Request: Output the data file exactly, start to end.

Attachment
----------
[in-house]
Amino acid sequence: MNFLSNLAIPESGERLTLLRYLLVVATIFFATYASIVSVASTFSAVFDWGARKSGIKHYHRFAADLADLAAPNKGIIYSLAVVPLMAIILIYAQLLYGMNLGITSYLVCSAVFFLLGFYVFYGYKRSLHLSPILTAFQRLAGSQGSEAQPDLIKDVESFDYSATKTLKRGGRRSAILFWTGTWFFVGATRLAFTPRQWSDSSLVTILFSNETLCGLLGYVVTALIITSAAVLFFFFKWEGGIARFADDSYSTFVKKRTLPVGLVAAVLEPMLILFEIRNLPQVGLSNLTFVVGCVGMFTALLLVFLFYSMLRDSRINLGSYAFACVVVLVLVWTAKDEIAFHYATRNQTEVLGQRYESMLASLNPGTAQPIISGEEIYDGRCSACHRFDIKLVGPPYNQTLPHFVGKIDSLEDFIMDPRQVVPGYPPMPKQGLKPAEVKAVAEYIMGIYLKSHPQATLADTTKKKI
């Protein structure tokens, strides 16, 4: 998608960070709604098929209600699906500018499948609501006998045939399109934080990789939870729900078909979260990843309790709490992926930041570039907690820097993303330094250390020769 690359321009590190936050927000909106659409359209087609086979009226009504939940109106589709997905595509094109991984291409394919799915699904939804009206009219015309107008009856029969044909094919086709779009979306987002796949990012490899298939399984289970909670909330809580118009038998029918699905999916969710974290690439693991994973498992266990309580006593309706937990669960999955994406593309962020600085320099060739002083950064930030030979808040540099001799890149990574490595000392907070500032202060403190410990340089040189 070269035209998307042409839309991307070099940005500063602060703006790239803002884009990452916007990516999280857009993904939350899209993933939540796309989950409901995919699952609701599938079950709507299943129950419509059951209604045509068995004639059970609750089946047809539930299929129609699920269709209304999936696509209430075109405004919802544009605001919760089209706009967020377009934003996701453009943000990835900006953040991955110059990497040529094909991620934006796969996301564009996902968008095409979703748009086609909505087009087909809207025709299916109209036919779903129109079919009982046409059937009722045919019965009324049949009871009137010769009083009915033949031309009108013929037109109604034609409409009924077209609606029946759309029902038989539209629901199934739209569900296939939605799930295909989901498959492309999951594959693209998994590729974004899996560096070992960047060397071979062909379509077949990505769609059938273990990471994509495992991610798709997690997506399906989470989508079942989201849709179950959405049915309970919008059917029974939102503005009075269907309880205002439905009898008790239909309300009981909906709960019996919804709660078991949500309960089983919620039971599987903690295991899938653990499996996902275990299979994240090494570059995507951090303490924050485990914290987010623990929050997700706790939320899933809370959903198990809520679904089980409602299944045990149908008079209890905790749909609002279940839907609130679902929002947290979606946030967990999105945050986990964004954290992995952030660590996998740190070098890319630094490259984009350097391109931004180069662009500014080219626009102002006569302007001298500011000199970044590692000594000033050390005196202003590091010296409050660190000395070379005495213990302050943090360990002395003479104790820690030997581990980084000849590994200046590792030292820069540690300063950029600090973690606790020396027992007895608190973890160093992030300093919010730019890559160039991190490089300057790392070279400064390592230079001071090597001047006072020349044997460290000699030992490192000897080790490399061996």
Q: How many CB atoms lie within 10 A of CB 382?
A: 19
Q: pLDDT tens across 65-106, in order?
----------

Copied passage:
[in-house]
Amino acid sequence: MNFLSNLAIPESGERLTLLRYLLVVATIFFATYASIVSVASTFSAVFDWGARKSGIKHYHRFAADLADLAAPNKGIIYSLAVVPLMAIILIYAQLLYGMNLGITSYLVCSAVFFLLGFYVFYGYKRSLHLSPILTAFQRLAGSQGSEAQPDLIKDVESFDYSATKTLKRGGRRSAILFWTGTWFFVGATRLAFTPRQWSDSSLVTILFSNETLCGLLGYVVTALIITSAAVLFFFFKWEGGIARFADDSYSTFVKKRTLPVGLVAAVLEPMLILFEIRNLPQVGLSNLTFVVGCVGMFTALLLVFLFYSMLRDSRINLGSYAFACVVVLVLVWTAKDEIAFHYATRNQTEVLGQRYESMLASLNPGTAQPIISGEEIYDGRCSACHRFDIKLVGPPYNQTLPHFVGKIDSLEDFIMDPRQVVPGYPPMPKQGLKPAEVKAVAEYIMGIYLKSHPQATLADTTKKKI
């Protein structure tokens, strides 16, 4: 998608960070709604098929209600699906500018499948609501006998045939399109934080990789939870729900078909979260990843309790709490992926930041570039907690820097993303330094250390020769 690359321009590190936050927000909106659409359209087609086979009226009504939940109106589709997905595509094109991984291409394919799915699904939804009206009219015309107008009856029969044909094919086709779009979306987002796949990012490899298939399984289970909670909330809580118009038998029918699905999916969710974290690439693991994973498992266990309580006593309706937990669960999955994406593309962020600085320099060739002083950064930030030979808040540099001799890149990574490595000392907070500032202060403190410990340089040189 070269035209998307042409839309991307070099940005500063602060703006790239803002884009990452916007990516999280857009993904939350899209993933939540796309989950409901995919699952609701599938079950709507299943129950419509059951209604045509068995004639059970609750089946047809539930299929129609699920269709209304999936696509209430075109405004919802544009605001919760089209706009967020377009934003996701453009943000990835900006953040991955110059990497040529094909991620934006796969996301564009996902968008095409979703748009086609909505087009087909809207025709299916109209036919779903129109079919009982046409059937009722045919019965009324049949009871009137010769009083009915033949031309009108013929037109109604034609409409009924077209609606029946759309029902038989539209629901199934739209569900296939939605799930295909989901498959492309999951594959693209998994590729974004899996560096070992960047060397071979062909379509077949990505769609059938273990990471994509495992991610798709997690997506399906989470989508079942989201849709179950959405049915309970919008059917029974939102503005009075269907309880205002439905009898008790239909309300009981909906709960019996919804709660078991949500309960089983919620039971599987903690295991899938653990499996996902275990299979994240090494570059995507951090303490924050485990914290987010623990929050997700706790939320899933809370959903198990809520679904089980409602299944045990149908008079209890905790749909609002279940839907609130679902929002947290979606946030967990999105945050986990964004954290992995952030660590996998740190070098890319630094490259984009350097391109931004180069662009500014080219626009102002006569302007001298500011000199970044590692000594000033050390005196202003590091010296409050660190000395070379005495213990302050943090360990002395003479104790820690030997581990980084000849590994200046590792030292820069540690300063950029600090973690606790020396027992007895608190973890160093992030300093919010730019890559160039991190490089300057790392070279400064390592230079001071090597001047006072020349044997460290000699030992490192000897080790490399061996």
Q: How many CB atoms lie within 10 A of CB 382?
A: 19
Q: pLDDT tens across 65-106, in order?